Complement system and PI3K/AKT and its role in pancreatic cancer

    PI3K is a lipid kinase that regulates multiple cellular processes with its downstream effector, AKT. The PI3K/AKT signaling pathway has been considered a significant cause of chemoresistance in cancer therapy, inhibition of apoptosis, stimulation of cell growth, and modulation of cellular metabolism[42] [Figure 1]. This signaling pathway causes multi-drug resistance through interactions with ABC transporters, NF-κB, and others.

    The PI3K/AKT pathway is activated by the production of 3-phosphorylated phosphoinositide which initiates the signaling cascade. However, it was shown that C3a binding to the C3a receptor leads to transduction of intracellular signals through various G-proteins and phosphorylation of the PI3K/AKT pathway, which causes chemokine synthesis in humans. Furthermore, C3a and C5a binding to their receptors cause an influx of calcium which initiates signaling cascades such as MAPK and AKT pathways[10,13]. Not only does the complement pathway use the PI3K/AKT pathway to help with the formation of their chemokines, but the binding of anaphylatoxins to their respective receptors also causes the activation of this pathway. In addition, IL-6, which is released by the anaphylatoxins, is required for pancreatic cancer progression through the activation of MAPK and PI3K/AKT signaling pathway[43]. One of the ways to activate the PI3K/AKT pathway is through the activation of the mutated Kras gene synergistically acting with IL-6. Kras mutation is shown to be the most commonly mutated gene in pancreatic cancer and drives the formation of pancreatic intraepithelial neoplasia[43]. It was also shown that without IL-6, cancer progression slows even in the presence of the Kras mutation[43].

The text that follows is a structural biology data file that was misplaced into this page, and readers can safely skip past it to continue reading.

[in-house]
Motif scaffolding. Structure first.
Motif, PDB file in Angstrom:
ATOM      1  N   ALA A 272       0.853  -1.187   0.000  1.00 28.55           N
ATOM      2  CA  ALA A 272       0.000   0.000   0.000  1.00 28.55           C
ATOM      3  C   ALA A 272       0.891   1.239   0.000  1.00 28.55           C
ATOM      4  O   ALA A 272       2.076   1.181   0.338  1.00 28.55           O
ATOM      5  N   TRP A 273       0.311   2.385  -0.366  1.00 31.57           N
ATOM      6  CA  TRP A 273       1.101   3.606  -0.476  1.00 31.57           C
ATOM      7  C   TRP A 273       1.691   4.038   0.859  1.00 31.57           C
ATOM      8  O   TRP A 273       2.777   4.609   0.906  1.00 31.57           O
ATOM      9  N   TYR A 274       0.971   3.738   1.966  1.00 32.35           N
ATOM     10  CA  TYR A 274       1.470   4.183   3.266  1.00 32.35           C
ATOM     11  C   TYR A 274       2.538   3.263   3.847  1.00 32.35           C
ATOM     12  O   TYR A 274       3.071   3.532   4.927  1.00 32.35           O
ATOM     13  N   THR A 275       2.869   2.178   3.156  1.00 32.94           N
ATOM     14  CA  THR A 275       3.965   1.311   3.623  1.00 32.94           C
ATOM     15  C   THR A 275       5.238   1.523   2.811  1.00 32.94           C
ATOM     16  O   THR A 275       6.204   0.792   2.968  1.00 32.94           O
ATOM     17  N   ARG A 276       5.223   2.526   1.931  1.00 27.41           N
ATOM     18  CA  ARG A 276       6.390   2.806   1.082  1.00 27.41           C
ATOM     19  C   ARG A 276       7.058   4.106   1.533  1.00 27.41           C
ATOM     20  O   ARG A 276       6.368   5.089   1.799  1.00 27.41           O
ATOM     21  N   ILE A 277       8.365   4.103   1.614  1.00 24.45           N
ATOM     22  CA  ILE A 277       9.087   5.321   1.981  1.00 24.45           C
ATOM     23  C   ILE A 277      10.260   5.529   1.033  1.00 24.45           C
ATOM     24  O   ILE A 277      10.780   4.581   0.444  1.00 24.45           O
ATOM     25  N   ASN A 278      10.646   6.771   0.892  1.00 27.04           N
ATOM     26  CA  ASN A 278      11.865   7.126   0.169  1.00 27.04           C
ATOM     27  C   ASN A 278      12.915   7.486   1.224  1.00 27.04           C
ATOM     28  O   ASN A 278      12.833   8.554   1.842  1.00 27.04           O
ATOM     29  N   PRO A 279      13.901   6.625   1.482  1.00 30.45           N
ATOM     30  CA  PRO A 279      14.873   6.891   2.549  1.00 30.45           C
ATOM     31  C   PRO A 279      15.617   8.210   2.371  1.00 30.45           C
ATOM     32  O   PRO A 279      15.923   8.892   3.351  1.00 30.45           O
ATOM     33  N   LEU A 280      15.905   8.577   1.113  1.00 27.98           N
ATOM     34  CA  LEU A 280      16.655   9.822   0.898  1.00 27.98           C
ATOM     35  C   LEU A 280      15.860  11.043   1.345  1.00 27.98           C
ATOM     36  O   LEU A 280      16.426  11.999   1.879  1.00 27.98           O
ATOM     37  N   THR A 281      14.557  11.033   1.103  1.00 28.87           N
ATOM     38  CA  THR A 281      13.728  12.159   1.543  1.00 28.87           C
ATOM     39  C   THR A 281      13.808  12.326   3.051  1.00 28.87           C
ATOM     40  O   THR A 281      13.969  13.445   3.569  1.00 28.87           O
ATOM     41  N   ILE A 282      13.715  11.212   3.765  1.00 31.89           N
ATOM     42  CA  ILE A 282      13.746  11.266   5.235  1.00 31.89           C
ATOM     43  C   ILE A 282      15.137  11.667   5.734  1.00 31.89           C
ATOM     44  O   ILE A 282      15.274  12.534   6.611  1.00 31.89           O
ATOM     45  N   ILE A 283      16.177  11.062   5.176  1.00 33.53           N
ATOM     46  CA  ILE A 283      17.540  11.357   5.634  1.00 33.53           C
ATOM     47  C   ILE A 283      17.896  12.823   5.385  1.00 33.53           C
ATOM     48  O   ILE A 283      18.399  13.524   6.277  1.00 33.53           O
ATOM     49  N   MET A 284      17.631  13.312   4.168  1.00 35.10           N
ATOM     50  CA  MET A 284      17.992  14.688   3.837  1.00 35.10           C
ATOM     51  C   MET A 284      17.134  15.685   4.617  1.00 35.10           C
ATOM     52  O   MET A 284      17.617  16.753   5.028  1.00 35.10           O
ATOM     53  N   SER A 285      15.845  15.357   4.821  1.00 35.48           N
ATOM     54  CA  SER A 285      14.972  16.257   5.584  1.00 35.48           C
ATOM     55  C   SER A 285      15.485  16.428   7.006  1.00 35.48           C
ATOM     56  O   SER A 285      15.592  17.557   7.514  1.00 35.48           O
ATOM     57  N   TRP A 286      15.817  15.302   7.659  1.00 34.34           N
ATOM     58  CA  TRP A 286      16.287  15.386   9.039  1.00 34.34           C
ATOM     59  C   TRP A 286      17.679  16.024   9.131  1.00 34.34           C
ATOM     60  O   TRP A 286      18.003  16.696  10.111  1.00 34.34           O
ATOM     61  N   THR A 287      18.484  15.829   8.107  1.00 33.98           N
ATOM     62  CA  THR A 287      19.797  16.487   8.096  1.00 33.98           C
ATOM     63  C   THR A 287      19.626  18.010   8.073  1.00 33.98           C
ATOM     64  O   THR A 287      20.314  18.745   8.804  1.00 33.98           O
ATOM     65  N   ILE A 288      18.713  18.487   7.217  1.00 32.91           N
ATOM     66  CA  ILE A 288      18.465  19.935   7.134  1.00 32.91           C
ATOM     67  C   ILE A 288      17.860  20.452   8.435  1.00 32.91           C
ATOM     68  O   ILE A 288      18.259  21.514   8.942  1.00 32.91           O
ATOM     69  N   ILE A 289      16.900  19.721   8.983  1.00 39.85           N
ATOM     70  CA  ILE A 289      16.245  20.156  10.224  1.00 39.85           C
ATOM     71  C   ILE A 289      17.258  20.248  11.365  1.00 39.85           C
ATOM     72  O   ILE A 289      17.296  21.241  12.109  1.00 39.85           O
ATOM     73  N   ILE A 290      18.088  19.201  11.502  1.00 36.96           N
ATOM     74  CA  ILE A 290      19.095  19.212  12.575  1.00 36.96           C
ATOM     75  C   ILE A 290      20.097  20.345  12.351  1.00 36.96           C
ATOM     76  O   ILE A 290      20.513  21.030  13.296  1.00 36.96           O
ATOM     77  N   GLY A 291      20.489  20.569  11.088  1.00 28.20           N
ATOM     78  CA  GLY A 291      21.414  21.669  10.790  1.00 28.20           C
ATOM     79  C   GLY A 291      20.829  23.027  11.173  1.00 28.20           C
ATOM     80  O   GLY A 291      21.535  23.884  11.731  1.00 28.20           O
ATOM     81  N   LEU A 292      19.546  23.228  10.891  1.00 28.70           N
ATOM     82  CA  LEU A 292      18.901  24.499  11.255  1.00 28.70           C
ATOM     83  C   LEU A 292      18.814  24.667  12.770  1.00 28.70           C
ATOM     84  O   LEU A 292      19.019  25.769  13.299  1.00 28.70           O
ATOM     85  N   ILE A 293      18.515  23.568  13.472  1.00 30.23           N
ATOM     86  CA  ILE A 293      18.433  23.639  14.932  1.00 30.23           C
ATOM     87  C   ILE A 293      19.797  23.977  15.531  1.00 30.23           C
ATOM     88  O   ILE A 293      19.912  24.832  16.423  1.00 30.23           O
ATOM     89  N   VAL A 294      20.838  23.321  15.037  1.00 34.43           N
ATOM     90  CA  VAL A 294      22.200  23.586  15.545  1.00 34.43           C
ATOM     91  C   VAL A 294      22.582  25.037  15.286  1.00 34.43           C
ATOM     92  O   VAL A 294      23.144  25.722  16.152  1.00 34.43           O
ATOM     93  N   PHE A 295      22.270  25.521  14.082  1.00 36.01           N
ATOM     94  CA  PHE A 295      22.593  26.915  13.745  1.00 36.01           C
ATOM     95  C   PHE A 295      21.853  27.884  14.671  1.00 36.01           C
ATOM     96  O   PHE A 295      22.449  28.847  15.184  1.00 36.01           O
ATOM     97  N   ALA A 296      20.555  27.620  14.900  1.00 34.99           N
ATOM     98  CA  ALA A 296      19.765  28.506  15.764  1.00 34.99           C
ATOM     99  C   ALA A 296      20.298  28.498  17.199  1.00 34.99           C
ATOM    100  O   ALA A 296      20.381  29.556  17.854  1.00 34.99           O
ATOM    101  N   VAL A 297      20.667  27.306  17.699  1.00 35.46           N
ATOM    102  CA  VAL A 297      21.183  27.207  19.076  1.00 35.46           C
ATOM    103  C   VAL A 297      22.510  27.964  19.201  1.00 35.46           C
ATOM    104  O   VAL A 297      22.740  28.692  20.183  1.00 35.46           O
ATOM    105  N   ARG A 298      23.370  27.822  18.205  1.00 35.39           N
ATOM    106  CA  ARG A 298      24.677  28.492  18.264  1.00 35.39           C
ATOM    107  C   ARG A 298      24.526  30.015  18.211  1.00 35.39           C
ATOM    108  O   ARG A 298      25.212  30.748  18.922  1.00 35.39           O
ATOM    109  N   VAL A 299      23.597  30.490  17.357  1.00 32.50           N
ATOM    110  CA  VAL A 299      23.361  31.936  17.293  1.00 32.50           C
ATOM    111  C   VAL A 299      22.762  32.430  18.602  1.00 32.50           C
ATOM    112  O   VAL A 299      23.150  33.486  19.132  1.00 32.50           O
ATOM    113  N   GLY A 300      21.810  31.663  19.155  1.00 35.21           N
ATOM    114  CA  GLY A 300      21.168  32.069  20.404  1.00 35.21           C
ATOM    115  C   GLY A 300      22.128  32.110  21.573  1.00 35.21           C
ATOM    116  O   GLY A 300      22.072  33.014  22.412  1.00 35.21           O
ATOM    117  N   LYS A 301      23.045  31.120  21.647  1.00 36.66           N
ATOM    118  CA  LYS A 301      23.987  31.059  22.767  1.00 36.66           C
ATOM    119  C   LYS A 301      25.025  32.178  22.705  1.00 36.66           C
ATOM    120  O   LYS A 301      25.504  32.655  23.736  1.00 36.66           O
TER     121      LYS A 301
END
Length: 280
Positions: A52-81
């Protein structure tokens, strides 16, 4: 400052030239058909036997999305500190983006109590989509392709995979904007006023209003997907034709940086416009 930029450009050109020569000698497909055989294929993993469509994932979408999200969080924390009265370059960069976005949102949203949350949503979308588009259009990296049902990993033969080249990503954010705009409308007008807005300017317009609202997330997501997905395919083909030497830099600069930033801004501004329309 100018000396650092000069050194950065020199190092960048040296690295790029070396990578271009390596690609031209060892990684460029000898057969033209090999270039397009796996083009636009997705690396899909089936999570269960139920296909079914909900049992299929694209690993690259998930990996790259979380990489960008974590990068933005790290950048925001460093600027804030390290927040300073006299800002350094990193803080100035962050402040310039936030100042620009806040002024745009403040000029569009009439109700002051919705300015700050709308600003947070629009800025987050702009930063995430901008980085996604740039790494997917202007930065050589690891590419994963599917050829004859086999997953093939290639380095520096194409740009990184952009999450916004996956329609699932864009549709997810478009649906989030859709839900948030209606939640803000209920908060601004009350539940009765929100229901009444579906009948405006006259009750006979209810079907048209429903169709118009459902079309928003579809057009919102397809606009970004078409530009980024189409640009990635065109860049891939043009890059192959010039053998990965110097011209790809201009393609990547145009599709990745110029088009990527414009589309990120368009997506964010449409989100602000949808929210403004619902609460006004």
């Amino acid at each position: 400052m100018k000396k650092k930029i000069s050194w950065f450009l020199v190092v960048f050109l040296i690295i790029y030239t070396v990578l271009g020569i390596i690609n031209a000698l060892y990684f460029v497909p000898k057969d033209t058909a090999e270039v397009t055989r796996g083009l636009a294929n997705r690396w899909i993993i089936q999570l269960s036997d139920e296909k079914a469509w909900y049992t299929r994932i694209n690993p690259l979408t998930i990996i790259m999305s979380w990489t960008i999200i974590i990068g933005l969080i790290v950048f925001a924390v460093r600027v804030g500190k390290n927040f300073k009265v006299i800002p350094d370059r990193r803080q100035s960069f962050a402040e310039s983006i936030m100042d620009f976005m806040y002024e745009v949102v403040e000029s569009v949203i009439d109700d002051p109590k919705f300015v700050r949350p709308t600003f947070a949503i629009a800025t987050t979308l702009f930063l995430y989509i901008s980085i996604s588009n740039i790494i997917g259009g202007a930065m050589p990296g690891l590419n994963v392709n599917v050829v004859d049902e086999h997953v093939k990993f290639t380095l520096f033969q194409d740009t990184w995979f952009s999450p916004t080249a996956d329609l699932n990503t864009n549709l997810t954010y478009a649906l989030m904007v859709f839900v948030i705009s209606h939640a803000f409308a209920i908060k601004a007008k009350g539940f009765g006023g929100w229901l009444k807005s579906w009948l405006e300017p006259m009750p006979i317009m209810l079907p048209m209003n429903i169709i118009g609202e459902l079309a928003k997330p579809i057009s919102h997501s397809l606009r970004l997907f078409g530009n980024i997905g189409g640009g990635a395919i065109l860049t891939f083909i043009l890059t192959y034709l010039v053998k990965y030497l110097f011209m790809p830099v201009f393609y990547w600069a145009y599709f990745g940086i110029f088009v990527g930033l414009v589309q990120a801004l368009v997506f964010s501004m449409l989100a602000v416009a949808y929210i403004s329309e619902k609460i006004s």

Once the PI3K/AKT pathway has been activated, numerous downstream effectors cause cancer progression. For example, abnormal activation of the PI3K/AKT signaling pathway contributes to the upregulation of Bcl-2 expression, which causes cell survival by inhibiting the release of cytochrome c from the mitochondria[42]. This type of apoptosis prevention only adds to the multi-drug resistance already previously seen. Further, another downstream effector seen in many cancers is XIAP which has played a role in chemoresistance by inhibiting autophagy-induced apoptosis. It was shown that abnormal activation of PI3K/AKT induces XIAP expression[42]. Especially in pancreatic cancer cells, there is a cross-talk and activation between PI3K/AKT and NF-κB which results in multidrug resistance through the stimulation of Cyclin D1 to accelerate cell progression and tumor growth leading to drug resistance. Finally, pancreatic ductal preneoplastic lesions come from the differentiation of acinar cells to ductal cells, and the process of this occurring is called acinar to ductal metaplasia (ADM). This process is accelerated by mutated Kras and inflammation. However, p110-alpha, which is a catalytic subunit of PI3K-α can cause ADM in the presence or absence of pancreatic inflammation[44].

    The complement-induced PI3K/AKT pathway not only acts with the Kras mutation to fasten the cancer progression, but also with NF-κB and other mediators to promote cell survival and chemoresistance.

    CONCLUSION

    The complement pathway is a part of the body’s innate immune response capable of attacking pathogens and foreign abnormalities. However, with cancer, the complement pathway does more harm than good. It allows for increased inflammation through the release of anaphylatoxins, the activation of different signaling cascades through the induction of inflammatory mediators, and finally a nourishing tumor microenvironment. The most detrimental side effect of the complement system’s activation would be the chemoresistance caused by the anaphylatoxins.